A court in Kerala has agreed to hear a case filed by Praveen Togadia-led Antarrashtriya Hindu Parishad against Chief Minister Pinarayi Vijayan and others for facilitating the entry of what the organization called non-believers into the Sabarimala temple two weeks ago.
The case, filed by AHP National Secretary Pratheesh Vishvanath — the man behind the Hindu Help Line in Kerala — alleges that the government’s action of facilitating the entry of “non-believers” into the temple was in violation of the Supreme Court order of September last year.
In September, a bench headed by then Chief Justice Dipak Misra had directed the state government to facilitate the entry of all believers, irrespective of age, into the temple.
The SC order came in a case filed by a Delhi-based NGO against the age restrictions imposed on women entering the temple, the biggest center of Hindu pilgrimage in Kerala.
The Supreme Court order, hailed by activists as a blow against patriarchy, met with widespread and vehement opposition in Kerala, particularly from Ayyappa devotees.
The relentless campaign against the SC order, initially organized by
Antarrashtriya Hindu Parishad and later ‘hijacked’ by BJP and its sister organizations, had forced the Left Front government to go slow on its implementation.
The minister in charge of temple affairs, Kadakampally Surendran, even said the SC order was not meant for activists and his government will not facilitate the entry of ‘activists’ into the temple.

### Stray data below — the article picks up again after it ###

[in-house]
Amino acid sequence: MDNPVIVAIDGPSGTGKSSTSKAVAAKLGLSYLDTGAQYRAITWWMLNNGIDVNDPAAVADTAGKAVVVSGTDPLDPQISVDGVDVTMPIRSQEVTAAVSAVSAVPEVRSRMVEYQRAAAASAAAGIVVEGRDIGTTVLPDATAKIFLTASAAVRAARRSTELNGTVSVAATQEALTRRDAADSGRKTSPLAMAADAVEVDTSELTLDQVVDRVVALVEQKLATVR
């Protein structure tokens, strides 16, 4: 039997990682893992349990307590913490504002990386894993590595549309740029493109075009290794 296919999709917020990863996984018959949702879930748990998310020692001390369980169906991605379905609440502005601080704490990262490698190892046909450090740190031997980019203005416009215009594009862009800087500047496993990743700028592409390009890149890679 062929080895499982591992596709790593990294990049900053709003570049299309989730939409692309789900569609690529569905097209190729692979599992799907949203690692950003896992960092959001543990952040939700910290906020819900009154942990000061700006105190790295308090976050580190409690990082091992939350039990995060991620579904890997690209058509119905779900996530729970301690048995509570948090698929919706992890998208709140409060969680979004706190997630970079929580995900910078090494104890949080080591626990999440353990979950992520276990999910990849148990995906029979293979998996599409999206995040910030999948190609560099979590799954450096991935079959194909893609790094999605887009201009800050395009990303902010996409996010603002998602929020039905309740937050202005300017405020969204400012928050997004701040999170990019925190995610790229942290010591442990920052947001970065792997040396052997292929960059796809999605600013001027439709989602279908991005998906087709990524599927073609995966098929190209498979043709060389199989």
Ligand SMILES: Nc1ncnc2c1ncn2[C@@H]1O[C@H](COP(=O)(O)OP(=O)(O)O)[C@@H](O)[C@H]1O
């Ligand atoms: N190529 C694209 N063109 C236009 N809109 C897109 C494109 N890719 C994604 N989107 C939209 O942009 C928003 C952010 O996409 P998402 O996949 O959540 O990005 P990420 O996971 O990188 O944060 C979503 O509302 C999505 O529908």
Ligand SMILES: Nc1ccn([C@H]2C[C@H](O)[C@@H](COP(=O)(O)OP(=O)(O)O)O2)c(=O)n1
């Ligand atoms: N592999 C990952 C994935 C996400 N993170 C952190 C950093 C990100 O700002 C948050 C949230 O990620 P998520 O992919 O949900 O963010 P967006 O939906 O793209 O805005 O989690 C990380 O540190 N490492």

However, a section within the ruling CPI-M wanted the order implemented immediately, and put pressure on the government. The party also organized a ‘Woman’s Wall’ program on New Year’s day in support of women’s rights.
Within hours of the conclusion of the program, a special team of Kerala police took two women — Kanakadurga and Bindu Ammini — inside the temple through a staff entrance at 3:45 AM.
The incident, which reignited the protests, also led to allegations that the two women who went inside were linked to the CPI-M and were not true Ayyappa devotees. Protesters pointed to a video released by the activists that showed the women entering the temple without carrying the customary ‘offerings bag’ on their heads.
The petition by AHP in the court of the First Class Magistrate of Ranni alleges that the women whose entry was facilitated by the police team were non-believers, and therefore, the act by the police was in violation of the Supreme Court order which had directed the state government to facilitate the entry of “Hindu women” who wanted to “exercise their right to worship”.
“..such an exclusionary practice violates the right of women to visit and enter a temple to freely practise Hindu religion and to exhibit her devotion towards Lord Ayyappa. The denial of this right to women significantly denudes them of their right to worship,” the court had noted in its judgment last year.
Besides the chief minister, the petition also lists Director General of Kerala Police Loknath Behera, Kottayam Chief of Police Hari Shankar and Civil Police Officer Shibu among the respondents.
In addition, the petition also includes among the respondents women’s rights activists Bindu Ammini and Kanakadurga, who entered the temple, and Rehna Fathima, who tried to enter, but couldn’t.